'I welcome a quarantine that will protect my French village from infected Britons'
Here is an alternative view on the French quarantine.
Gillian Harvey, a British expat in France, writes:
When I heard that Boris Johnson had introduced a two-week quarantine period for those returning from France, I was pleased. When Macron followed suit and reciprocated, I was overjoyed.
As a British immigrant who’s lived in a quaint French town in Limousin for a decade, I usually look forward to the summer. I enjoy spending time with my family at the sun-drenched lakeside beaches, absorbing the atmosphere at the day markets or buying homemade ice-cream from the local patisserie.
In particular, I look forward to the days in July and August when tourism swells the population and my sometimes trop tranquille town explodes with welcome life and chatter and colour.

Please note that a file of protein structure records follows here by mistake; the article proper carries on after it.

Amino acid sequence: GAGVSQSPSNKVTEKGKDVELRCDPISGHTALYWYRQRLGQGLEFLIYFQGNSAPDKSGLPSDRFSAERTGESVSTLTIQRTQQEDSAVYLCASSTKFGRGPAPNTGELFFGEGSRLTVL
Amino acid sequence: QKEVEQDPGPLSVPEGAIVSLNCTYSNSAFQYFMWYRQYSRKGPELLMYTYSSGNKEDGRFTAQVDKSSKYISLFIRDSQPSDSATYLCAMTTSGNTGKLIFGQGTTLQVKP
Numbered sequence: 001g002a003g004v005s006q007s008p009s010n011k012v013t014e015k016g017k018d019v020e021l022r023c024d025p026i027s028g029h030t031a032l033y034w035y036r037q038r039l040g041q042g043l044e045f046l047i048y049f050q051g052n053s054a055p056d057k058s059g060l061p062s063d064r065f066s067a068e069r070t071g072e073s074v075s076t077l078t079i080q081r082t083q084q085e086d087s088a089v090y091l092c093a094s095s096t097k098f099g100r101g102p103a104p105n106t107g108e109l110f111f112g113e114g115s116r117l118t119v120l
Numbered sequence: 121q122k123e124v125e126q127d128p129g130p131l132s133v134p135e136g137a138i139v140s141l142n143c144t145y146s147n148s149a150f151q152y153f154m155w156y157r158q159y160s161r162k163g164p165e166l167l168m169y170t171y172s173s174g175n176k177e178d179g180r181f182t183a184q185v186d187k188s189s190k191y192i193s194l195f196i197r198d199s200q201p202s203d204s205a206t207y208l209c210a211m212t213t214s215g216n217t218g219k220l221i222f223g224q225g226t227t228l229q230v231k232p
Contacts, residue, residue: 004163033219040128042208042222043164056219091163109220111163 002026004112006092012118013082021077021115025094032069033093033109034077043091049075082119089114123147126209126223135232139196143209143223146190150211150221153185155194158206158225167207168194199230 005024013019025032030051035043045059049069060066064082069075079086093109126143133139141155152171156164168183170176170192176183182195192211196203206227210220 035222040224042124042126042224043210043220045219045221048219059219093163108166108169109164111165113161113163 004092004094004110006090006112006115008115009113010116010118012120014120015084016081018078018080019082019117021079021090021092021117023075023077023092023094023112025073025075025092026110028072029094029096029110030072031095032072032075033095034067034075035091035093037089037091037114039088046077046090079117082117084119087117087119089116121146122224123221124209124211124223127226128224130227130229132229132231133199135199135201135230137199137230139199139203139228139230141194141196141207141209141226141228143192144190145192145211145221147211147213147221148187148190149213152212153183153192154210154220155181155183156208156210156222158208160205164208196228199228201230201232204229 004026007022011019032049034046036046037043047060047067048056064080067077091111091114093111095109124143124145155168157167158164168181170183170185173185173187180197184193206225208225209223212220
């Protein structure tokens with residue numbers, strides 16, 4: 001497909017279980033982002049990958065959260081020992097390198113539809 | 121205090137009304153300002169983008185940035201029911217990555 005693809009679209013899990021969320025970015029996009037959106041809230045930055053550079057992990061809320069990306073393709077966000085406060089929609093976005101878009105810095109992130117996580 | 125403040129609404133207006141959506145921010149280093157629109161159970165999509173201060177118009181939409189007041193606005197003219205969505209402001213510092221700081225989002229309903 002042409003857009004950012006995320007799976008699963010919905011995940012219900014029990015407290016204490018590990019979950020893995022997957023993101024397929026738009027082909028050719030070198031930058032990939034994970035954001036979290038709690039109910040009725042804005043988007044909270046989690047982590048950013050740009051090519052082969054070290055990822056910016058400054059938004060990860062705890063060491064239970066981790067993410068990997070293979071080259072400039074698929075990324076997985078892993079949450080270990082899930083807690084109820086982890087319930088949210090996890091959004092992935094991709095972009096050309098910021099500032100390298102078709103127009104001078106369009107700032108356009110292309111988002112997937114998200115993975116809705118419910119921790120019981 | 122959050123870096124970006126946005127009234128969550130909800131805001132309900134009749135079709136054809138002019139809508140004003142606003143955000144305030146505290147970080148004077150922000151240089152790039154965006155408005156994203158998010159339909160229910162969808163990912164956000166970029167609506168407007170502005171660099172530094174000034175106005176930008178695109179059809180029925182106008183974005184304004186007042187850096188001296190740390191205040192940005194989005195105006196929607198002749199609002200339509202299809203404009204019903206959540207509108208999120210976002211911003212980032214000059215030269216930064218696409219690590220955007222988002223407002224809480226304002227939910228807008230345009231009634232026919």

But not this year.
In pictures: Life goes on in Paris
The dash from the Netherlands
Britons returning from France were not alone in trying to beat quarantine; those coming back from the Netherlands were in the same race, which explains the actions of this seadog...
The captain of a giant North Sea ferry ordered full speed ahead today so that hundreds of passengers returning to the UK from Europe won't have to spend two weeks in isolation.
The scheduled night sailing on the Hook of Holland to Harwich usually takes eight and half hours to make the 120-mile crossing arriving in the UK at 6.30am.